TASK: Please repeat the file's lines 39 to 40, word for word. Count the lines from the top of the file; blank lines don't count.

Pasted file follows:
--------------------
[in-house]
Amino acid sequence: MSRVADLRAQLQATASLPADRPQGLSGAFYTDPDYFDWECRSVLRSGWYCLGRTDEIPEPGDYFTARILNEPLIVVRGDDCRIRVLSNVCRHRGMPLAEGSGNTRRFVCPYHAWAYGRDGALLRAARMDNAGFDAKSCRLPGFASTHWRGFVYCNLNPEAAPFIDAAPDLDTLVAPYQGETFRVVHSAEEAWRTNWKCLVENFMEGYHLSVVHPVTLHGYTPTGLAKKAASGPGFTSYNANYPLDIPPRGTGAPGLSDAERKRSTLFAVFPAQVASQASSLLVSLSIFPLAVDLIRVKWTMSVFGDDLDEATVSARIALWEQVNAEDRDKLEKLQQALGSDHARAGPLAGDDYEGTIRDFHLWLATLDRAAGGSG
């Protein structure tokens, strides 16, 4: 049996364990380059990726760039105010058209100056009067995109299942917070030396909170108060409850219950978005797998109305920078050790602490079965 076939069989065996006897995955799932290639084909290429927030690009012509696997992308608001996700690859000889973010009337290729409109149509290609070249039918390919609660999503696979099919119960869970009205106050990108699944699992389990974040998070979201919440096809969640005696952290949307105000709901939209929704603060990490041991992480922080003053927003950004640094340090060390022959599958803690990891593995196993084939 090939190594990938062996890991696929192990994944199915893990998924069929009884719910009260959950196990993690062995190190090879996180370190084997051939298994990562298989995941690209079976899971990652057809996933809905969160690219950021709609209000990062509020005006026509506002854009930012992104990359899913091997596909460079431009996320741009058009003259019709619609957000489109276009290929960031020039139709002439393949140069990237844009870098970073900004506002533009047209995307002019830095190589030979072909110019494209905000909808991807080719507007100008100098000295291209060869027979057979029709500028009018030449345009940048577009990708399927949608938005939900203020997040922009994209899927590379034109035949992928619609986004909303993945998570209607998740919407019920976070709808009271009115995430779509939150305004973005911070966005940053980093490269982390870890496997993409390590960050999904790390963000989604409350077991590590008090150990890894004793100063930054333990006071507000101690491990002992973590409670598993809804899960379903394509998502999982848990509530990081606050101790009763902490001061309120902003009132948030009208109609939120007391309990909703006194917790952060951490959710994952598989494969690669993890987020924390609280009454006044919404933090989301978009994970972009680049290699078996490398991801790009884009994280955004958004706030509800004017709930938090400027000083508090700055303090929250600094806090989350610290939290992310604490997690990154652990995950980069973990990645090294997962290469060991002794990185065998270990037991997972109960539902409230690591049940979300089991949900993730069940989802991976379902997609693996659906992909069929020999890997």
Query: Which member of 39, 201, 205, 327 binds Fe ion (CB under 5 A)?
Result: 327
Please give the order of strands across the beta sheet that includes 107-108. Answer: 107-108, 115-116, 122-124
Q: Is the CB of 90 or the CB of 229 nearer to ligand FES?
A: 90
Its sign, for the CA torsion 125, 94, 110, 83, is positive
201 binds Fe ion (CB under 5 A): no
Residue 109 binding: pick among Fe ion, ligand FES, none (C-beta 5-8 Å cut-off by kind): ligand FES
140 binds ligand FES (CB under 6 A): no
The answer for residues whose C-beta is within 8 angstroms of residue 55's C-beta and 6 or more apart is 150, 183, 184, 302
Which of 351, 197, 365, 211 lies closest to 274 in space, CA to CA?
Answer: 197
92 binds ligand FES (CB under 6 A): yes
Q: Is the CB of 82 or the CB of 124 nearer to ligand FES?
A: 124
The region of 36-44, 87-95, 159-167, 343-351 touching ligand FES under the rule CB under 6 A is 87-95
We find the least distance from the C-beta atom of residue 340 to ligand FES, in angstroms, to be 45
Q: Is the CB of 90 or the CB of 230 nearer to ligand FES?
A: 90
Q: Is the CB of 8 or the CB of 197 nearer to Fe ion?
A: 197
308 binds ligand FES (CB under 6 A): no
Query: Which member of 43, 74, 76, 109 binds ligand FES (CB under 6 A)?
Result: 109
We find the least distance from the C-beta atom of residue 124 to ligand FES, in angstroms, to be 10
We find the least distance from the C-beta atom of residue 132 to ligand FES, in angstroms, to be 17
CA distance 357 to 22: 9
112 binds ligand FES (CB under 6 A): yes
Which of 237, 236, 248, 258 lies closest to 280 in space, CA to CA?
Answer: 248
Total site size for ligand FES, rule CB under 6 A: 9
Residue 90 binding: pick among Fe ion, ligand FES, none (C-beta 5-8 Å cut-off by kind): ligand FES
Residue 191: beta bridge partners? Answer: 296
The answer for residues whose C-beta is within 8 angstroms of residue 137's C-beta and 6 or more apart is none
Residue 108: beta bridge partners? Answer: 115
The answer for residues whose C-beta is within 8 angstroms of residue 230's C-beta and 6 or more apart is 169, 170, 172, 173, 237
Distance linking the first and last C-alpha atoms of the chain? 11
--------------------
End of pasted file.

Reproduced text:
The answer for residues whose C-beta is within 8 angstroms of residue 230's C-beta and 6 or more apart is 169, 170, 172, 173, 237
Distance linking the first and last C-alpha atoms of the chain? 11